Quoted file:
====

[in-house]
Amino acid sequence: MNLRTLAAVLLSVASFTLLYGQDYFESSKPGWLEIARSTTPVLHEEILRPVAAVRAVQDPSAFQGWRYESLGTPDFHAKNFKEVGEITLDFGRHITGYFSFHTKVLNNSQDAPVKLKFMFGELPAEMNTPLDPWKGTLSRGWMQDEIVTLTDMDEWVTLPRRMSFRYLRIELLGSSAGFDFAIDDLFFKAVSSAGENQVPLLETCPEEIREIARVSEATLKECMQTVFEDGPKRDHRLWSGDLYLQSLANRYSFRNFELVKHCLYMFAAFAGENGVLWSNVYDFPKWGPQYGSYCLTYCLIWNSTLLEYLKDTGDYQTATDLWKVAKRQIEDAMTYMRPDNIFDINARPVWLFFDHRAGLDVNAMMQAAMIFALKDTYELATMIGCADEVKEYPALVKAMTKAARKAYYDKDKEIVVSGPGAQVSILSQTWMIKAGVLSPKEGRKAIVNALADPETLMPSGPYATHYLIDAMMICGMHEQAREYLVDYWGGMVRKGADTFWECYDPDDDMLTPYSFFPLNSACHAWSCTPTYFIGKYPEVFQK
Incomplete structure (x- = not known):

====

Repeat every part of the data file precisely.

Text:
[in-house]
Amino acid sequence: MNLRTLAAVLLSVASFTLLYGQDYFESSKPGWLEIARSTTPVLHEEILRPVAAVRAVQDPSAFQGWRYESLGTPDFHAKNFKEVGEITLDFGRHITGYFSFHTKVLNNSQDAPVKLKFMFGELPAEMNTPLDPWKGTLSRGWMQDEIVTLTDMDEWVTLPRRMSFRYLRIELLGSSAGFDFAIDDLFFKAVSSAGENQVPLLETCPEEIREIARVSEATLKECMQTVFEDGPKRDHRLWSGDLYLQSLANRYSFRNFELVKHCLYMFAAFAGENGVLWSNVYDFPKWGPQYGSYCLTYCLIWNSTLLEYLKDTGDYQTATDLWKVAKRQIEDAMTYMRPDNIFDINARPVWLFFDHRAGLDVNAMMQAAMIFALKDTYELATMIGCADEVKEYPALVKAMTKAARKAYYDKDKEIVVSGPGAQVSILSQTWMIKAGVLSPKEGRKAIVNALADPETLMPSGPYATHYLIDAMMICGMHEQAREYLVDYWGGMVRKGADTFWECYDPDDDMLTPYSFFPLNSACHAWSCTPTYFIGKYPEVFQK
Incomplete structure (x- = not known):